My Amtrak history so far: I traveled coach class on the Coast Starlight from Oakland to Portland overnight, and took a sleeper home (roomette). I traveled coach from San Jose to Santa Barbara (Coast Starlight) and then Santa Barbara to San Diego (Pacific Surfliner) and back again. My recent Big Trip was on the California Zephyr from Emeryville to Chicago (two nights in a roomette), then the Lakeshore Limited from Chicago to Rhinecliff NY (one night in a roomette) and back again.

Coach Class:

Coach class is absolutely fine if you aren’t traveling overnight. The seats in coach are wide and comfy. There are two seats on either side of the aisle, and one electrical outlet per seat. There’s no armrest between seats so if you have no seatmate you can curl up or spread out, and the seats are wide enough that even with a seatmate you won’t be squished up against each other. Seats recline, and there’s a ton of leg room. There are plenty of toilets (downstairs, in double-decker trains). You can leave your seat any time and walk through the train. You can explore the observation car, the dining car, the cafe car, the lounge.

There are overhead compartments for small carry-ons, and you can also keep a bigger bag at your feet. Every car has a large luggage rack (downstairs) for any carry-ons that you don’t need at your actual seat. In theory there is a size restriction for carry-ons but I saw people with BIG bags.

Food/drink is bring your own (no restrictions!) or buy it from cafe car or dining car (on long-distance trains). If you’re on a train with a dining car, do try it out! Fresh-cooked food, real chairs and tables, a menu, expensive but tasty food. There are several options for each meal, including always a vegetarian/vegan option. I love the Entree Salad, which has good lettuce, onion, dried cranberries, nuts, grapes, and your choice of dressing. It’s filling as-is but you can also have them add grilled chicken. The Angus Burger, Salmon, and Steak were also delicious meals. Remember to tip your server.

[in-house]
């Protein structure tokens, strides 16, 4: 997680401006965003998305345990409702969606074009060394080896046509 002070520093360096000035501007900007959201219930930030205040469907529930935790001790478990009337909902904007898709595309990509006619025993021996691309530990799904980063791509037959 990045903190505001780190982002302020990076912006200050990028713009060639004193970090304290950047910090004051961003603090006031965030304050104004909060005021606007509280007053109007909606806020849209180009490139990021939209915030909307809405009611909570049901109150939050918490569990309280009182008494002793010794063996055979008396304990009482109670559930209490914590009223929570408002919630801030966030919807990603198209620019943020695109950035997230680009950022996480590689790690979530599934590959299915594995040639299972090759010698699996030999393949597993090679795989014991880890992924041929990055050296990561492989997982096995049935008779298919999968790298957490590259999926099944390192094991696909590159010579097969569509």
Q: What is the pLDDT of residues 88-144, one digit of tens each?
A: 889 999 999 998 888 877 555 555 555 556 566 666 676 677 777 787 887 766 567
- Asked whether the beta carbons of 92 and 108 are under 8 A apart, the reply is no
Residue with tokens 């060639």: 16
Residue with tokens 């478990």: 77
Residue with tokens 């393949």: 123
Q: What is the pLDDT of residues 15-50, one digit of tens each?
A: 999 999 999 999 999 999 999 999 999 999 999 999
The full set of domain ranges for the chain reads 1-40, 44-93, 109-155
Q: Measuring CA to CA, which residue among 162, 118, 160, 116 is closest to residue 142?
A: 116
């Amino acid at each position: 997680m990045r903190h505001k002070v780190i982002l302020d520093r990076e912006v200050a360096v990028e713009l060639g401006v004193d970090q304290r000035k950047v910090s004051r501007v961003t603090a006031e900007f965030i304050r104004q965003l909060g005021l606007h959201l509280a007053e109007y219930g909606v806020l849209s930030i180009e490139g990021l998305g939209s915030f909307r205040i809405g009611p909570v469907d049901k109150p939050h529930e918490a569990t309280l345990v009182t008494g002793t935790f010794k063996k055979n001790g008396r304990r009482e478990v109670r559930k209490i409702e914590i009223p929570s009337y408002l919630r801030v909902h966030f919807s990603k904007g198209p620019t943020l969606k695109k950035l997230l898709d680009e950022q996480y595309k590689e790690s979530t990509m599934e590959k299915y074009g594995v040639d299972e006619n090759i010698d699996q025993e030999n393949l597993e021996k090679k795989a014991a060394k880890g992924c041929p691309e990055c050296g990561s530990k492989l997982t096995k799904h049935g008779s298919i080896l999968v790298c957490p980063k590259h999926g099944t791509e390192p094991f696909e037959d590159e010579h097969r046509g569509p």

Now, if you’re young and have no sleeping issues, you can sleep in coach class. The seats don’t recline flat but they recline a lot. The whole train has Quiet Hours between 10pm and 7am.

If you have any special needs, coach can be tricky because there isn’t a dedicated attendant to help you wrangle your gear or take care of you.

Roomettes:

If you’re traveling overnight and are older, disabled, have sleep issues, and/or need the best quality sleep you can get, book yourself a roomette! This is a tiny room, a bit wider than a wide seat, with two seats facing each other in front of a big window. There’s a sliding door and curtains for privacy from the corridor. The two seats can recline or pull out flat to make one bed and there’s a bunk that folds down above the seats so that two slender friendly people can travel together in one roomette. If you’re traveling alone, your roomette is just for you — no stranger to share with.

Book your tickets with Amtrak over the phone. Their ticket agents are really nice. Make sure you let them know any special needs that you have — I let them know about my oxygen machine, that I need assistance in stations, and that I needed my sleeping car attendant to being me my meals. More about that further down.

Your roomette will have ONE ELECTRICAL OUTLET. One. So if you need to plug in more than one thing, and especially if you’re traveling with a friend, bring a splitter! Roomettes have rudimentary temperature controls, but I found them always to be a choice between cold and very cold OR hot and very hot. Pack your layers! In one much-too-hot room I got washcloths from the shower room, dampened them, and stuffed them into the uncloseable heating vents.

People traveling in sleeping cars are considered First Class Passengers so you will have much more help than the commoners in Coach. Your sleeping car attendant will look after you on your journey and will make sure you have Red Cap assistance at stations if you need it — just ask. Sleeping car people get first dibs for dining car reservations. The sleeping car in a Superliner (double-decker) has toilets and a shower downstairs, and a toilet upstairs. Your attendant will make your bed for you with sheets and blankets and pillows and will fold it all away again in the morning.